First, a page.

|Affiliations||Nationalist Front (United States)|
The Traditionalist Worker Party (TWP) was a far-right neo-Nazi group active in the United States between 2013 and 2018. Various sources refer to it as being part of the broader "alt-right" movement, which became active within the U.S. during the 2010s.
Established by Matthew Heimbach under the name Traditionalist Youth Network (TYN), the group promoted white separatism and a white supremacist view of Christianity. As a member of the neo-Nazi Nationalist Front, the TWP held a number of protests and other local events. In 2015, the Traditionalist Workers Party changed into a political party so as to run in elections for local office.
In April 2018, The Washington Post reported that the TWP had been disbanded the previous month after group leader Matthew Heimbach's arrest for battery and his falling out with co-founder Matt Parrott.
The Traditionalist Youth Network was established in May 2013 by Matthew Heimbach and Matt Parrott. Heimbach has been a white supremacist activist since fall 2011, when he formed a group at Towson University in Maryland and invited the white supremacist Jared Taylor to speak at Towson's campus. The following year, Heimbach founded a "White Student Union" on campus, adopting racist and antisemitic views. In spring 2013, upon graduation, Heimbach established the Traditionalist Youth Network in partnership with Parrot, who founded a white supremacist group, Hoosier Nation, in Indiana around 2009. The group eventually became a chapter of American Third Position (later known as the American Freedom Party).
The Southern Poverty Law Center (SPLC), which tracks extremist groups, has designated the Traditionalist Worker Party as a hate group and has written of Heimbach: "Considered by many to be the face of a new generation of white nationalists... Since graduating in the spring of 2013, he has entrenched himself further in the white nationalist movement and become a regular speaker on the radical-right lecture circuit."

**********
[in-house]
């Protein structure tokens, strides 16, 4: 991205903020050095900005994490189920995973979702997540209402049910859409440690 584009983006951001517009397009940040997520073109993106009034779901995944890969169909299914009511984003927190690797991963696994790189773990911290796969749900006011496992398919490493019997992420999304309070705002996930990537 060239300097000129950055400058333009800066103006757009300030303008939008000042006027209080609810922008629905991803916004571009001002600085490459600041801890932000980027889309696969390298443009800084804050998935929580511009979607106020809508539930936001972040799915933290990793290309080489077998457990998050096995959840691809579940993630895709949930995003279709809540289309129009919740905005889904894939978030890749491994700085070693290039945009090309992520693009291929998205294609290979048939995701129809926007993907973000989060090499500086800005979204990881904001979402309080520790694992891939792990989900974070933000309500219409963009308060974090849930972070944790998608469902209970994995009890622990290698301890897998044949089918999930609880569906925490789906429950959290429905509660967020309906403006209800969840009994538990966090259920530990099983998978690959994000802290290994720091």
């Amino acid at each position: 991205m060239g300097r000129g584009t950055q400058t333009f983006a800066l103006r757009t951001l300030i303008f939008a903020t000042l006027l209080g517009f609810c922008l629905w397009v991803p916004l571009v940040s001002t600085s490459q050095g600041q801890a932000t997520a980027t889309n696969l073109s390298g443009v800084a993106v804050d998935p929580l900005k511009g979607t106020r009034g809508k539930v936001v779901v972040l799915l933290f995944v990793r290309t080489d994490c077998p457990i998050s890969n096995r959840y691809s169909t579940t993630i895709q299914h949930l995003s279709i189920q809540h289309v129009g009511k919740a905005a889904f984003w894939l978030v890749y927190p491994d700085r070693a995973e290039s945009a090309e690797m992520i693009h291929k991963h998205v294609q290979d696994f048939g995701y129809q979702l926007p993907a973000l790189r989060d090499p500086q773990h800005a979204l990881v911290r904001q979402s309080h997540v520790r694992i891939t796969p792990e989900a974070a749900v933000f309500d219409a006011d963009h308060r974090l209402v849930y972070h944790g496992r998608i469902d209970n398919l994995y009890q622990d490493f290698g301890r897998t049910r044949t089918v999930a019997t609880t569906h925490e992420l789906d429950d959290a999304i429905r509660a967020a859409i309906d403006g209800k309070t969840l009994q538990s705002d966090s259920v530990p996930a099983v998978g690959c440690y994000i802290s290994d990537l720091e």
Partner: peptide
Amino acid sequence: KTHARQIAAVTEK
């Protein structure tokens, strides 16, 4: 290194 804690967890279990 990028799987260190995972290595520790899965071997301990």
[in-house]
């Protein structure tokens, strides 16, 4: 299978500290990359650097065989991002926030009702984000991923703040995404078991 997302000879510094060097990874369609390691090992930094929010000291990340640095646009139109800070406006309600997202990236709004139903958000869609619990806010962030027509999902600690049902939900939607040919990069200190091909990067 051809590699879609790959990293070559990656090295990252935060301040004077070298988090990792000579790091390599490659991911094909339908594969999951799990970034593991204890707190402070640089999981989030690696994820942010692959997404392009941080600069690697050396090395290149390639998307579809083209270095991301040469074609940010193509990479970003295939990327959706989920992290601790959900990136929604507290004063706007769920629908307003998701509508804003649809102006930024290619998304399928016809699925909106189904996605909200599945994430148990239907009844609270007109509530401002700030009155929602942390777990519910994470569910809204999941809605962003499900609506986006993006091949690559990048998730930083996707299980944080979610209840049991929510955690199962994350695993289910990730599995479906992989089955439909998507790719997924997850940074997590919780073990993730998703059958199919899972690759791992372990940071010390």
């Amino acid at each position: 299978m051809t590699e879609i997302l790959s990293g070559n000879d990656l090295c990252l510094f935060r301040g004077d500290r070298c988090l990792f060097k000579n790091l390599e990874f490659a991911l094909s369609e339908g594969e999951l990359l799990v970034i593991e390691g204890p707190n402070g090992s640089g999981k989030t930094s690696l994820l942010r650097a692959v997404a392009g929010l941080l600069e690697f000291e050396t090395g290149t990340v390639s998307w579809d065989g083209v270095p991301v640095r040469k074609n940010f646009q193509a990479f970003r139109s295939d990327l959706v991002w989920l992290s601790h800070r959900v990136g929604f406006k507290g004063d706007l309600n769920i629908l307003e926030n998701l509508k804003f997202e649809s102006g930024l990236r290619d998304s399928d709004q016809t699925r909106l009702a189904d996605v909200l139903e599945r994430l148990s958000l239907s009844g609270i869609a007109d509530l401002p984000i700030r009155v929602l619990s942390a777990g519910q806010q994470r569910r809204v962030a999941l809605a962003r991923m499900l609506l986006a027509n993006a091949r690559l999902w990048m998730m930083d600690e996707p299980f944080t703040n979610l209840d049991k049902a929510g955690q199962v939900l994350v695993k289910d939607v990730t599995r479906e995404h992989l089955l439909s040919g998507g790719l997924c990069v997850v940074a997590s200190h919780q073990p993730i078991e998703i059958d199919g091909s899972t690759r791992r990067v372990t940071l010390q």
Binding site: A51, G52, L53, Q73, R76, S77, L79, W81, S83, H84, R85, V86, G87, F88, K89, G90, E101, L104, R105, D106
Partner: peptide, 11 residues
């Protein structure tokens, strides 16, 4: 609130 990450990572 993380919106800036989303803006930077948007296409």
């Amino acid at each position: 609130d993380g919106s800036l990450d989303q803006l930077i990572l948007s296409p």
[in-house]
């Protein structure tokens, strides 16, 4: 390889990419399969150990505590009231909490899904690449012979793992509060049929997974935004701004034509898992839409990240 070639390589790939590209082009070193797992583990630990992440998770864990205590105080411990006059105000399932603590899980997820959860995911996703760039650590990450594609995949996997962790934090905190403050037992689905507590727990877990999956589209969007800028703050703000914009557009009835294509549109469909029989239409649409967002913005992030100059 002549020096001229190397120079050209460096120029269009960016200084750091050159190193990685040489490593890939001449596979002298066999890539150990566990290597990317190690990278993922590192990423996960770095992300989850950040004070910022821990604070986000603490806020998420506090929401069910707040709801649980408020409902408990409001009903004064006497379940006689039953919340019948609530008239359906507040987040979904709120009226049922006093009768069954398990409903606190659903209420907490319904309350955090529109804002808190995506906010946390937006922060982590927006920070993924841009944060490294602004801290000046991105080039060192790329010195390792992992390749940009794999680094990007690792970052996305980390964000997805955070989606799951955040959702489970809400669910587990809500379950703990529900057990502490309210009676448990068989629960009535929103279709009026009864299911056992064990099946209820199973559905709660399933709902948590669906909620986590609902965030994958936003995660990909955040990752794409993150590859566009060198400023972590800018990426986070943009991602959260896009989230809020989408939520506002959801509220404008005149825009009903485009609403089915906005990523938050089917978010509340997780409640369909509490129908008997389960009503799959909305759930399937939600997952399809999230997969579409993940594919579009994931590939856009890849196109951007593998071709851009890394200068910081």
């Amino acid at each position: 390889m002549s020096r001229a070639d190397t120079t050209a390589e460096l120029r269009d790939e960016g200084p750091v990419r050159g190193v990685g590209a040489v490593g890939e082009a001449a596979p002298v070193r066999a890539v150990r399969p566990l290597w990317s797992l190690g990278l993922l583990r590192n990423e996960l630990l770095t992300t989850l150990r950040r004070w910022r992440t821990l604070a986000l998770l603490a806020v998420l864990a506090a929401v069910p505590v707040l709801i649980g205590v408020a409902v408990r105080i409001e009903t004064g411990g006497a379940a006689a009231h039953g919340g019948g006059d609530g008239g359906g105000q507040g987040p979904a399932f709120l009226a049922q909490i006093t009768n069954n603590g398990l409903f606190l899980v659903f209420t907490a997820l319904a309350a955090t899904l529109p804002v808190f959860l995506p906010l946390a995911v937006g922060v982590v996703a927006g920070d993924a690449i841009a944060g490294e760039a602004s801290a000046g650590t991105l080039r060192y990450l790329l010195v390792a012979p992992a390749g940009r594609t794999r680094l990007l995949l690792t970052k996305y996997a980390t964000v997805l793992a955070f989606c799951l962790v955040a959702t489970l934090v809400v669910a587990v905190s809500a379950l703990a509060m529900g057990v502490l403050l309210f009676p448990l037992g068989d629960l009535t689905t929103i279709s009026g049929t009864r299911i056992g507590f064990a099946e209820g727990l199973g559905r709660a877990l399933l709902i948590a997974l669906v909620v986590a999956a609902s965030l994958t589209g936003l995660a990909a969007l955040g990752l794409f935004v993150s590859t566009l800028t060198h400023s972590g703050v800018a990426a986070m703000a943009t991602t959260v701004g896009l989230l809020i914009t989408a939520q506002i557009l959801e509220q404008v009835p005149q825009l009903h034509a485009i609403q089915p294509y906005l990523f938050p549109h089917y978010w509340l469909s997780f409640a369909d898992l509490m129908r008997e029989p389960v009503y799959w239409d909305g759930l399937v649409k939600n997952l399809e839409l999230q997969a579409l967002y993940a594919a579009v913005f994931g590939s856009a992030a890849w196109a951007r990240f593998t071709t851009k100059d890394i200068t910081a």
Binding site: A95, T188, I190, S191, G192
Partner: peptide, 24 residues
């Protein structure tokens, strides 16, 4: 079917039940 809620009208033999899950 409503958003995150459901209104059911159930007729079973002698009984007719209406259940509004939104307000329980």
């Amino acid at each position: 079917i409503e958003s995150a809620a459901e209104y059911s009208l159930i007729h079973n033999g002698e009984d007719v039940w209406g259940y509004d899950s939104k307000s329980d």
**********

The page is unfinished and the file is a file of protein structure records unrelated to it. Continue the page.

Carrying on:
In January 2015 the TYN established the Traditionalist Worker Party (TWP) as its political-party offshoot in preparation for the 2016 elections, and a small group of candidates from the far right announced plans to run under its banner. The party states that it stands against "economic exploitation, federal tyranny, and anti-Christian degeneracy". The group's strategy differs from that of the American Freedom Party (AFP), a different fringe group: while the AFP "has long run presidential candidates with no hope of success" in order to "exploit the election cycle as a way to raise money and generate publicity for their racist positions, TWP actually hopes to win by running for local offices in small communities."
On April 22, 2016, the Traditionalist Worker Party formed a coalition with several other organizations called the Aryan Nationalist Alliance. The Aryan Nationalist Alliance later changed its name to Nationalist Front. Its aim was to unite white supremacist, neo-Confederate, and white nationalist groups under a common umbrella. The coalition was joined by the neo-Nazi National Socialist Movement (NSM), neo-confederate League of the South, the neo-Nazi Vanguard America, and four other groups.
In April 2017, the group organized the white supremacist rally in Pikeville, Kentucky which attracted 100 to 125 supporters. In August 2017, the affiliated groups participated in the Unite the Right rally in Charlottesville, Virginia. In October 2017, the Nationalist Front was a key organizer of the "White Lives Matter" rally in Shelbyville and Murfreesboro, Tennessee. Participating groups included: NSM, TWP, League of the South, Vanguard America, The Right Stuff, and Anti-Communist Action.